Monday, 11 February 2013

Step on my old size nines...

Having size 9 (EUR43) feet has long been the bane of my life. From the age of about 13, my feet were already a size 9 and back in those good old days it was impossible to get nice shoes. My school shoes were flat, clumpy, boys' lace-ups and my leisure shoes were unattractive trainers. As I got older, and more fashion conscious, I'd buy size 8 high heels to fit in with my peers and simply force my feet into them, to hell with the consequences.

Many of us women seem predisposed to be obsessed with shoes, and I always wondered if it was more so in my case, since I just couldn't get them. When I was at University, which was *gulp* 10 years ago, I'd have trouble finding nice shoes in my size. One experience in Next really got to me. I'd seen a pair in store which would have been perfect for our May Ball, and a notice said they were available in my size, so I asked if they could order them in for me to try on. They told me I'd need to pay for them to be ordered in, which I thought was completely unfair, if I was a 'normal' size, I'd be able to waltz into any shoe shop and try every pair on with no intention of buying any, yet I had to pay in advance for the privilege of trying them on? I declined out of sheer stubbornness and bought a pair from Barratts who had a limited Tall and Small range at the time.

Shops like Long Tall Sally always did size 9 shoes, I think they even go up to a size 11, but the assumption was made that if you had big feet, you must be tall, and wouldn't want anything resembling a heel. I am 5'7.3" so although reasonably tall, I still want to be able to wear heels sometimes. And they were far more expensive than the average school girl or university student could afford. N.B, their overall range looks a lot better now but still on the pricer side. Evans also did larger sizes, but only in extra wide fittings, so boots always sagged around my legs. I wanted to be able to buy pumps in every colour of the rainbow in cheaper high street shops, like my peers could.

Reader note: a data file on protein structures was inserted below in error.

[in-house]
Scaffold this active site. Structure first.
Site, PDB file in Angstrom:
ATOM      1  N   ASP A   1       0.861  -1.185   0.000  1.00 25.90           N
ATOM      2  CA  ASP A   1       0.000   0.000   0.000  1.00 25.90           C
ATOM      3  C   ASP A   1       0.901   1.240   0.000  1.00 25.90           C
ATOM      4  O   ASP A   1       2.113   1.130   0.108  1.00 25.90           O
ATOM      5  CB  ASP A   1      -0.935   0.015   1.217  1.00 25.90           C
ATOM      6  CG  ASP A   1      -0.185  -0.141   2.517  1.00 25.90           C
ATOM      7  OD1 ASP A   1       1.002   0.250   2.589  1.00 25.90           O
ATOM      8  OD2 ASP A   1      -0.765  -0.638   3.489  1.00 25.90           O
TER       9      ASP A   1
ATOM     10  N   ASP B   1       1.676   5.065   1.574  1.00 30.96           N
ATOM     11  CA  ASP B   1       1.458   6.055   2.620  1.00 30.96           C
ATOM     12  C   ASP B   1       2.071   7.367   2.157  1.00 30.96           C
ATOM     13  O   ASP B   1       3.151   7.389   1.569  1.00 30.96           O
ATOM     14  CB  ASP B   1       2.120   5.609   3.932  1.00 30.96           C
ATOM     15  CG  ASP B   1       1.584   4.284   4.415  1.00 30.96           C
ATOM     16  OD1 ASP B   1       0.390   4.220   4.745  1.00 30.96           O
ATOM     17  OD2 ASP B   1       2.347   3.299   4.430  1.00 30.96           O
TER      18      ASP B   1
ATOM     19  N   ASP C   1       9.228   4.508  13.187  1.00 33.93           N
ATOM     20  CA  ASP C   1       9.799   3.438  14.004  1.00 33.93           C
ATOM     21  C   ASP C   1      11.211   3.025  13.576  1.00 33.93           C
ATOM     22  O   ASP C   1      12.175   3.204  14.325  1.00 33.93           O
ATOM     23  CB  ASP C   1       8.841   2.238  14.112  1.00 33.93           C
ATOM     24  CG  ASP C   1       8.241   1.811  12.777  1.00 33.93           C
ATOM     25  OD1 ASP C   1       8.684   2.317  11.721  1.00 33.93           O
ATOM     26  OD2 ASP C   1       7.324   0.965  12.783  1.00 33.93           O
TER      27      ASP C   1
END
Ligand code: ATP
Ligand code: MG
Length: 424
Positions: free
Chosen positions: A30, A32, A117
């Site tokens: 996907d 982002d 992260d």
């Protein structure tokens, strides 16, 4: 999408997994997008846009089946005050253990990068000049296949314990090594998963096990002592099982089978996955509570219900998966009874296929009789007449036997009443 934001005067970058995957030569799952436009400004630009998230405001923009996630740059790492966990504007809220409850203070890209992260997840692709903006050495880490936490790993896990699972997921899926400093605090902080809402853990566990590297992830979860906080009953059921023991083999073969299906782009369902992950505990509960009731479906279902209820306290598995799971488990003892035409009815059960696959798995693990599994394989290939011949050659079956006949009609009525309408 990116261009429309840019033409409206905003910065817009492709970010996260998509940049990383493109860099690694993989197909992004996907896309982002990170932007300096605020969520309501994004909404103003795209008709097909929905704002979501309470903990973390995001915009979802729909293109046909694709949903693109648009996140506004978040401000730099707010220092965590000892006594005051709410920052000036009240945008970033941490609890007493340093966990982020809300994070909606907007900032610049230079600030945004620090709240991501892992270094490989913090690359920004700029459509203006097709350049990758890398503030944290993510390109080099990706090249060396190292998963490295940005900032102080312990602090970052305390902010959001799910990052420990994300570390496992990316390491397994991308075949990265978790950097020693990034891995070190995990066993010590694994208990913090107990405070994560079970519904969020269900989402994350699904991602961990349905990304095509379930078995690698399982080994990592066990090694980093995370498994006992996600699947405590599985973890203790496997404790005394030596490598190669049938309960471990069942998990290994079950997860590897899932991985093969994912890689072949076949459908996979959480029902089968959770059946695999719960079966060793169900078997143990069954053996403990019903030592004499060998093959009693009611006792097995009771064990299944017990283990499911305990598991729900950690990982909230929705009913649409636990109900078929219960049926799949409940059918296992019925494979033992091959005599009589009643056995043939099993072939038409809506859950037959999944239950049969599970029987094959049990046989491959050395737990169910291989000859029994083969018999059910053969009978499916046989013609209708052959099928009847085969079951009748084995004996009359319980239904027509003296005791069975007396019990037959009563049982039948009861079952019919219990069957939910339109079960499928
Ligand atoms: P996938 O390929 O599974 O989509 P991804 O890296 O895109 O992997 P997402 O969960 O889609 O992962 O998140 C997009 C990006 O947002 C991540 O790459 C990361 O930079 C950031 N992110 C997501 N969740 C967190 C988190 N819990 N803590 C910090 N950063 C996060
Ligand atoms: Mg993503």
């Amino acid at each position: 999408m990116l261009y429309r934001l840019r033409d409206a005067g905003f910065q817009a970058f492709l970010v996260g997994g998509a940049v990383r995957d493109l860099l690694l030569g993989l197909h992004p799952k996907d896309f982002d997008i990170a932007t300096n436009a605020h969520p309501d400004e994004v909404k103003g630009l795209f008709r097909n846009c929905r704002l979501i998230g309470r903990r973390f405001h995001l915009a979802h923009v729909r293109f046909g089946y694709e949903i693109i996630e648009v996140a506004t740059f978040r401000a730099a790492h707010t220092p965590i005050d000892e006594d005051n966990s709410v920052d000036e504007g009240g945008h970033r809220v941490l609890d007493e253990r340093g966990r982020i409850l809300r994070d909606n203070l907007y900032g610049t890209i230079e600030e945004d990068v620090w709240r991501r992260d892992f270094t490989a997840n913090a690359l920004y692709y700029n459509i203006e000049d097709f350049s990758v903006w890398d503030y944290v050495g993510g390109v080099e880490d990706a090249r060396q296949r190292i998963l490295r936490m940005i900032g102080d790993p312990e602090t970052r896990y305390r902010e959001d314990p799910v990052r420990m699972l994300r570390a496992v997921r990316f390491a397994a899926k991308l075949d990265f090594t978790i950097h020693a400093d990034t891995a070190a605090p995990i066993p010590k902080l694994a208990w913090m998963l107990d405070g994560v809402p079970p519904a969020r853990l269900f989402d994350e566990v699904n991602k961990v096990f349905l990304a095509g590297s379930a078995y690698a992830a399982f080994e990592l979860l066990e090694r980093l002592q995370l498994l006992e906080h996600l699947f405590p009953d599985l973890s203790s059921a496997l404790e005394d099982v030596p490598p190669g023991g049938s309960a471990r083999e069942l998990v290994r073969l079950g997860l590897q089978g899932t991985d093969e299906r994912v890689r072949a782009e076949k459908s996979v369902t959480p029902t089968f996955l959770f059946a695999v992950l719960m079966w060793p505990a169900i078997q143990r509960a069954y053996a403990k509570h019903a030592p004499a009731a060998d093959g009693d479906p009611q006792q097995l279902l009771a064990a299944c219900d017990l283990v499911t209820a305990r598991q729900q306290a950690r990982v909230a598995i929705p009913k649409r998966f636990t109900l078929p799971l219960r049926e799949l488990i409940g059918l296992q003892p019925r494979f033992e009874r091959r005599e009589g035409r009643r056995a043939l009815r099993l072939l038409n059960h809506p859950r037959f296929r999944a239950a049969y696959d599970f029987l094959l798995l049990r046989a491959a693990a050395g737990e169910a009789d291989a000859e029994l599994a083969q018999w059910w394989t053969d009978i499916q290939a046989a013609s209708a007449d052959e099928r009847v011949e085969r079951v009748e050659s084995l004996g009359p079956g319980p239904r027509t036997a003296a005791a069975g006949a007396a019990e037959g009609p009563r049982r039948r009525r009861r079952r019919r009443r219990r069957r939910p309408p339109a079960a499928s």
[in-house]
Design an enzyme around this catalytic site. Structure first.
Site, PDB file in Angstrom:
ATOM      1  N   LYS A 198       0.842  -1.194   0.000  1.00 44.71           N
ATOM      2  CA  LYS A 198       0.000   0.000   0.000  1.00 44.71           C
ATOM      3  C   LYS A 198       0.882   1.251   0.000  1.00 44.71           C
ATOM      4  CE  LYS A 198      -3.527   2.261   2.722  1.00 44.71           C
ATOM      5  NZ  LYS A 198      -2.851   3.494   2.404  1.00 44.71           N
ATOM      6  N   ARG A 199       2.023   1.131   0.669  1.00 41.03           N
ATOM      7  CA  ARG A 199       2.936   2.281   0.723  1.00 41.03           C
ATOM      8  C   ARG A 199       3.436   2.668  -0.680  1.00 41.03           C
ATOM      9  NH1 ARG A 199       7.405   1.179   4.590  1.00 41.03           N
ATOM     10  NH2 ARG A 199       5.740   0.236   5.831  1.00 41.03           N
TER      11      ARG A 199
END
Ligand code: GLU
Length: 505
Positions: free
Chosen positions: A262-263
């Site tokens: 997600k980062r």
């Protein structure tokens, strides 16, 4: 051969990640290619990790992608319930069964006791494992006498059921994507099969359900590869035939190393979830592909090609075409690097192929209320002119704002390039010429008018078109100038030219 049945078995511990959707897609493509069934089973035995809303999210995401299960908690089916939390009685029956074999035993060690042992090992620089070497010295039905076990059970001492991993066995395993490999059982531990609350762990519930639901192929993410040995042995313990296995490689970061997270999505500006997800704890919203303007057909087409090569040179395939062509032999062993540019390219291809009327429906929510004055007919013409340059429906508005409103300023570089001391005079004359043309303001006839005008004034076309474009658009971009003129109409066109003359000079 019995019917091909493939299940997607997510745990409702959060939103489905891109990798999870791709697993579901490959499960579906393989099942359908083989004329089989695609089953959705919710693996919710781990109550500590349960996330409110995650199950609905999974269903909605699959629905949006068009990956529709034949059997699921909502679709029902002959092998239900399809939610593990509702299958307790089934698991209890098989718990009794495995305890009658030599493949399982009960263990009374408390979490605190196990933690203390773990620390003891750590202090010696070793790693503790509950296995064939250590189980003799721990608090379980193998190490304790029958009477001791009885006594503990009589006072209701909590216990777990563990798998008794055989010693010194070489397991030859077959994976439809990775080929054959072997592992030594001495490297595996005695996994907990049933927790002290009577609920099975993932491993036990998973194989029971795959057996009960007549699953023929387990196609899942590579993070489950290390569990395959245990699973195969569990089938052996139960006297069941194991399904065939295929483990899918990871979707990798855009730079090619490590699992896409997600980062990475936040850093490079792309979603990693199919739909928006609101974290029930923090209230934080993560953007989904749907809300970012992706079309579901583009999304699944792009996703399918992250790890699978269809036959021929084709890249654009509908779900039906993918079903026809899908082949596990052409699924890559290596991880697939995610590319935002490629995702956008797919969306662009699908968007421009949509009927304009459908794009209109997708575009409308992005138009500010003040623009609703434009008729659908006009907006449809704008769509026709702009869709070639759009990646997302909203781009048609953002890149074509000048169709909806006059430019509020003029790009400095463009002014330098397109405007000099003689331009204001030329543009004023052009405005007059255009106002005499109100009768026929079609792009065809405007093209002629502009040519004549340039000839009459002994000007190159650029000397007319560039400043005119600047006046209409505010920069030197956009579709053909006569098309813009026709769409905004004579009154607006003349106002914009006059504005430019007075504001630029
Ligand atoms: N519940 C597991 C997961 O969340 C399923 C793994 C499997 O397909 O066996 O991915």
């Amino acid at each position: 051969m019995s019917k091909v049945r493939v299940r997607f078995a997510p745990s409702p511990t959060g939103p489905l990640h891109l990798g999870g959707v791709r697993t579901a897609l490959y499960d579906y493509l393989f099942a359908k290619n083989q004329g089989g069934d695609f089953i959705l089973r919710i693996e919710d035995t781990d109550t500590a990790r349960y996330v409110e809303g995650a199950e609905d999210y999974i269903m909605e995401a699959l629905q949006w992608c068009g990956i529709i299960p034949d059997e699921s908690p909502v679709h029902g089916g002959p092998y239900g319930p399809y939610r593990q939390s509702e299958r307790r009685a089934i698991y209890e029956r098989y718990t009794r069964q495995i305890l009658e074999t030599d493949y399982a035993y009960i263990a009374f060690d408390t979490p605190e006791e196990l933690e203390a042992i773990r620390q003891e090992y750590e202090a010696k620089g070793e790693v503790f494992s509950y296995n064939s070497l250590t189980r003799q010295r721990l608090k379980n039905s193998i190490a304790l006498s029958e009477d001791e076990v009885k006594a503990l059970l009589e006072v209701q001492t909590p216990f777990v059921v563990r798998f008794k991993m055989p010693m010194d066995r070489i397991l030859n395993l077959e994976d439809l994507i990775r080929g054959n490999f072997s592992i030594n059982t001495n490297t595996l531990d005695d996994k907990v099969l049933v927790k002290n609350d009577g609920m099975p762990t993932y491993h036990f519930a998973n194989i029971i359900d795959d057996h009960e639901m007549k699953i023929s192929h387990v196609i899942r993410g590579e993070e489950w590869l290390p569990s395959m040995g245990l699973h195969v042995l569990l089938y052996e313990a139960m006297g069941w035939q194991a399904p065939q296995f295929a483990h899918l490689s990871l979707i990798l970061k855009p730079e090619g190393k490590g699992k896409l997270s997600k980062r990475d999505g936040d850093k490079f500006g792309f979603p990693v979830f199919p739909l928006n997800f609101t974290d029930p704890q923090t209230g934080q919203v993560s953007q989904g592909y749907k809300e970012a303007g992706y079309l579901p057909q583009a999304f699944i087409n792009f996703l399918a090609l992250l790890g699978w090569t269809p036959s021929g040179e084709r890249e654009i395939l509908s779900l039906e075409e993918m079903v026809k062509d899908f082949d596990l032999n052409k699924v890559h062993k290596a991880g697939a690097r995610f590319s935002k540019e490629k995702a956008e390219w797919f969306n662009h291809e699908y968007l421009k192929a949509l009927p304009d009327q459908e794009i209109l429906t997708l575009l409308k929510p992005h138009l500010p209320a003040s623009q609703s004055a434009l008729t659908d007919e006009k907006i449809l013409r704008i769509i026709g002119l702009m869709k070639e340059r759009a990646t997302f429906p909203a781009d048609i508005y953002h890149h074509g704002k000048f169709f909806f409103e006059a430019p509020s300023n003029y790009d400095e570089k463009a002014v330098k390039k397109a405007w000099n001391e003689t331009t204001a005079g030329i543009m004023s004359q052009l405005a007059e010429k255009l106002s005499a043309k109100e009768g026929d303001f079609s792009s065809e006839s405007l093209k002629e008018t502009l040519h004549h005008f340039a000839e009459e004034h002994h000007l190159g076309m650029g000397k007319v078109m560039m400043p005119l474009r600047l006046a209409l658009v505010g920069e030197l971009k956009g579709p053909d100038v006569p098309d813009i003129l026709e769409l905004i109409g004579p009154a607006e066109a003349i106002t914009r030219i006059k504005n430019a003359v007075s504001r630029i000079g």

There's also the "what's a nine" debate. Some stores maintain its a EUR42 which means most of their stock is redundant to me, and usually even brands that make 9s, most of their department store concessions don't carry them. However, I do get the odd sale mega bargain, like these statement shoes from Faith at Debenhams, which I got for less than £15 when they closed their doors.

Things have got much better over the years. Now New Look do a great range of size 9/EUR43 shoes and wide-fit shoes. So do Next although I don't know what their in-store stock is like now,  whether you still have to pay in advance just for trying them on. I am amazed that Marks and Spencer still don't go above an 8 when budget favourite Primark can manage it. Topshop goes up to a 42, but generally I don't find their styles as wearable. Here are some of my current favourites from New Look, who are now doing half sizes too, amazing progress!

Blue Metal Trim Bow Pumps £15.99

Navy Cut Out Peep Toe Heels £19.99
Tan Cut Out Wedge Sandals £29.99
Lastly, Upper Street is a store in North London which makes made-to-measure shoes to your design. I heard about it when my friend, who at the opposite end of the spectrum is a tiny size 2 told me she'd made an appointment there. They make shoes from size 1.5 to 10 (although their 10 is a EUR43 so there seems to be a discrepancy across the board about continental sizing). Their prices are pretty high, starting at £195, but they are making shoes from your design so it's to be expected! I'm thinking of using them for my wedding shoes if there's enough left in the budget. You ca design your own shoes on the website, so go on...have fun!